Investment ABCs - What is Working Capital? - March 5th 2003
Because there are many accounting terms used in the investment community that you should be familiar with as an investor, I am starting a series of articles intended to highlight some important accounting issues and how they relate to the evaluation of stocks.
I'm sure at one point or another you have heard the term "working capital," however, like many other small investors, you might not have a clear understanding of what it is and its importance in evaluating the financial position of a company.
Working capital is calculated as follows:
Working Capital = Current Assets - Current Liabilities
The current assets and current liabilities figures can be found on the company's balance sheet. Current assets are comprised of cash, short-term deposits, liquid marketable securities, accounts receivable, inventory, and other assets which are expected to be or could easily be liquidated into cash within a period of one year or less. Current liabilities include short-term bank indebtedness (demand loan or line of credit), accounts payable, deposits received from customers for future delivery of products or services, taxes and payroll remittances payable to the government, and the portion of the company's long-term loans that will be repaid during the next 12 months. *** Working capital essentially measures the company's ability to discharge all of its short-term obligations (those coming due within the next 12 months) without relying much on operating cash flow.
*** Note that due to new regulations, companies have started to report the majority of long-term debt as a current liability. You may have to determine how much of this debt will need to be repaid in the current year to accurately determine true working capital.
If a company's working capital is negative, it generally means that it will need to rely on its operating cash flow, new bank loans, the expansion of its line of credit, or other external financing to pay all of its debts that are expected to come due during the next year. Negative working capital generally constrains a company's ability to grow, and if it is unable to generate significant operating cash flow or raise more expansion funding, it can sometimes be an early indicator of a company headed for failure through receivership or bankruptcy. Companies in a negative working capital position may become desperate for financing, at which point bankers and venture capitalists will demand attractive terms for additional investment. These terms are usually not positive for the company and its existing shareholders in that the new financing often results in heavy dilution or expensive interest costs. In a sense, the company starts working for the financier, not its shareholders. Of course, it has little choice - it must do so to survive.
If a company's working capital is positive and it is generating cash flow from its operations, it is generally well funded to meet its obligations for the coming year. The more working capital a company has, the more capacity it has to grow its business both through acquisition and internal measures, and to endure brief downturns in demand for its product,.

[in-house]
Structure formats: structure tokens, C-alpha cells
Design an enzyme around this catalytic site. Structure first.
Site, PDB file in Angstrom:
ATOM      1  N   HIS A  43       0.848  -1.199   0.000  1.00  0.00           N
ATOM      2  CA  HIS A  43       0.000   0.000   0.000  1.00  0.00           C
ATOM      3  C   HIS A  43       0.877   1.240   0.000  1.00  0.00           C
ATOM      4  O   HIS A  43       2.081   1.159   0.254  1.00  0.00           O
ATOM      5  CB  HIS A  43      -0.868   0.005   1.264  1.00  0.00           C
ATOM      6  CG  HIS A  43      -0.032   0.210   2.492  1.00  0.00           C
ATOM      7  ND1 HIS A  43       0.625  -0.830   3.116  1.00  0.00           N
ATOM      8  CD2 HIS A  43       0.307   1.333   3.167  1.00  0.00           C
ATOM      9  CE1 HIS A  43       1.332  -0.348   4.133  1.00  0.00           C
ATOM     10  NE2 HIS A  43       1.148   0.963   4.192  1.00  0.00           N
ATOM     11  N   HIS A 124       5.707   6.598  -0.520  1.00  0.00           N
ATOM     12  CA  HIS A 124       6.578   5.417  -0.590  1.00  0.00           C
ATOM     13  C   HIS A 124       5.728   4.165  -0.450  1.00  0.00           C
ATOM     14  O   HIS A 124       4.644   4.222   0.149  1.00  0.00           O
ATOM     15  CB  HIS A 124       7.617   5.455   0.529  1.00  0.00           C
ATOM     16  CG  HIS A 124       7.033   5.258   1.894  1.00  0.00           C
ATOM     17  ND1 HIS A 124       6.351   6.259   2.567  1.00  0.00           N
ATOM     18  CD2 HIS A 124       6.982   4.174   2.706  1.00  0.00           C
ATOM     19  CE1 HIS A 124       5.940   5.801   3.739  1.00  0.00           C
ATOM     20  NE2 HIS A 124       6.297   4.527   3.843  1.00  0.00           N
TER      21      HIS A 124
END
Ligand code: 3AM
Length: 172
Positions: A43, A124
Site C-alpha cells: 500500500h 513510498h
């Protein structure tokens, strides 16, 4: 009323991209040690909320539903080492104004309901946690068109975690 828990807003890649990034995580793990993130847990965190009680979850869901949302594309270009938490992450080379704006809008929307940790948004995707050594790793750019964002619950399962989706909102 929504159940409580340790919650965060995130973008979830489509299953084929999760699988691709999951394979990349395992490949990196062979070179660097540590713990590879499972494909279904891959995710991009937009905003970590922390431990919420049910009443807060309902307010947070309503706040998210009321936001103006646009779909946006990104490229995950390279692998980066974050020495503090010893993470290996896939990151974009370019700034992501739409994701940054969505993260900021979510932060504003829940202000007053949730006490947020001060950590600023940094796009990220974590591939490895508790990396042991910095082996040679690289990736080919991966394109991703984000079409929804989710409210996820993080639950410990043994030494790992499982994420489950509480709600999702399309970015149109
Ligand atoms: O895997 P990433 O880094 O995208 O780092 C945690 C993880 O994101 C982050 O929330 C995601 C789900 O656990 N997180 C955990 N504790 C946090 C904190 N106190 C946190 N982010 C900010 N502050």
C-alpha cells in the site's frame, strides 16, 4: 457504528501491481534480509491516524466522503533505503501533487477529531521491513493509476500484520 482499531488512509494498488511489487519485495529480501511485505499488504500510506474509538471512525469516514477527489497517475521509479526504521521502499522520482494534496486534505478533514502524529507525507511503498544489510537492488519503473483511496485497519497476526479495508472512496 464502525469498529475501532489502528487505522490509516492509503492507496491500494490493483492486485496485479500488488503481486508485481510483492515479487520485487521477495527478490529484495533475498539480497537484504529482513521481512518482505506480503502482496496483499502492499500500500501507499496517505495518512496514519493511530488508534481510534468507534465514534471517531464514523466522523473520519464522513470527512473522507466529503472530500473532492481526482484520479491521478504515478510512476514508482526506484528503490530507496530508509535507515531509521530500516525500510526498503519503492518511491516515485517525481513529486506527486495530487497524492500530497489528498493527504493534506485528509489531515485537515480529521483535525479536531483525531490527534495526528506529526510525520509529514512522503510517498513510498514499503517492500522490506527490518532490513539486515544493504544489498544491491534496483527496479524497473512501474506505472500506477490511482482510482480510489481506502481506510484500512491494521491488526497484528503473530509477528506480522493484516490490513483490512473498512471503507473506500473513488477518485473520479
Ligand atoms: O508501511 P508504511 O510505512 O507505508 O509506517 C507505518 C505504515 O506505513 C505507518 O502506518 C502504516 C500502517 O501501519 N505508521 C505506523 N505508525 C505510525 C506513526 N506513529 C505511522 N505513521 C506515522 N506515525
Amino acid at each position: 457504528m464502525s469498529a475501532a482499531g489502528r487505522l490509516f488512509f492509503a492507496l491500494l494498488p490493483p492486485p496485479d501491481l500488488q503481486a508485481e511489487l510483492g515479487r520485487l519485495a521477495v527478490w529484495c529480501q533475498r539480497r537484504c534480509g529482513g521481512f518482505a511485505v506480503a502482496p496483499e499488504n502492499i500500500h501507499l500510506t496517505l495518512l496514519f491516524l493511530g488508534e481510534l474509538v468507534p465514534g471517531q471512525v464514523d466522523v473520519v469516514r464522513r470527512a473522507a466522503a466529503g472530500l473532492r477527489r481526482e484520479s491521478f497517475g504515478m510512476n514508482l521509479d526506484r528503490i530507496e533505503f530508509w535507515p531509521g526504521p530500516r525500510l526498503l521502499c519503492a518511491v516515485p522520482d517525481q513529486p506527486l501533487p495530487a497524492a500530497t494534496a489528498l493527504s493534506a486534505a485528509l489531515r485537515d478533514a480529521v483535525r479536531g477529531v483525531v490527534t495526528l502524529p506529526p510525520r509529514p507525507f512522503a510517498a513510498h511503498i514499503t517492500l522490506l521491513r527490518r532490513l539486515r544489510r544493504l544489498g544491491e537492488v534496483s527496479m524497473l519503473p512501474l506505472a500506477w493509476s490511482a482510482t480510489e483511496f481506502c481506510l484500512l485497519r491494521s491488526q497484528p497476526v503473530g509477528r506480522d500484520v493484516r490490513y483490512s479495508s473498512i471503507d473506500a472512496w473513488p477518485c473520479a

Working capital is often expressed as a ratio, aptly called the current ratio, which is calculated as follows:
Current Ratio = Current Assets / Current Liabilities
In general, a current ratio of 2 or higher is preferred. The higher, the better. A ratio of less than one can be cause for concern unless a subsequent financing has boosted the company's cash reserves. Additional examination would definitely be warranted. A ratio of between 1 and 2 can be acceptable for certain companies, especially those with strong earnings growth and fast receivables and inventory turnover (i.e. their customers pay quickly and their inventory doesn't sit on the shelf very long before being sold). To be even more conservative, many investors and analysts prefer to use the quick or "acid test" ratio as opposed to the current ratio. The quick ratio assumes that inventory can not be converted into cash quickly, because of product obsolescence, traditionally slow inventory turnover, or other reasons.
Quick (Acid Test) Ratio = (Current Assets - Inventory) / Current Liabilities
While standard benchmarks range from analyst to analyst and will vary depending upon the industry in which the company operates, most investors avoid companies with a quick ratio of less than 0.8.
As an analyst, working capital is usually the first thing I look for when I review a company's balance sheet. The importance of having a solid balance sheet will become increasingly important over the coming months as many small-cap companies are already finding it increasingly difficult to raise funding in the equity markets to support their operations. Those companies that have the financing already in place to expand their business will be in a far better position to grow than those that don't. Considering it only takes a few moments to calculate the current ratio and quick ratio for most companies, it is well worth the time to do it. It could save you from putting your money into a sinking ship.
Grant Robertson, B.B.A.
Disclaimer: The author is not a registered investment advisor. Accordingly, this article is presented for educational and information purposes only. Those seeking specific investment advice should consult a registered investment advisor. You are urged to consult your investment advisor before embarking on any new investment strategy as the strategies depicted in this article may not be suitable for all investors.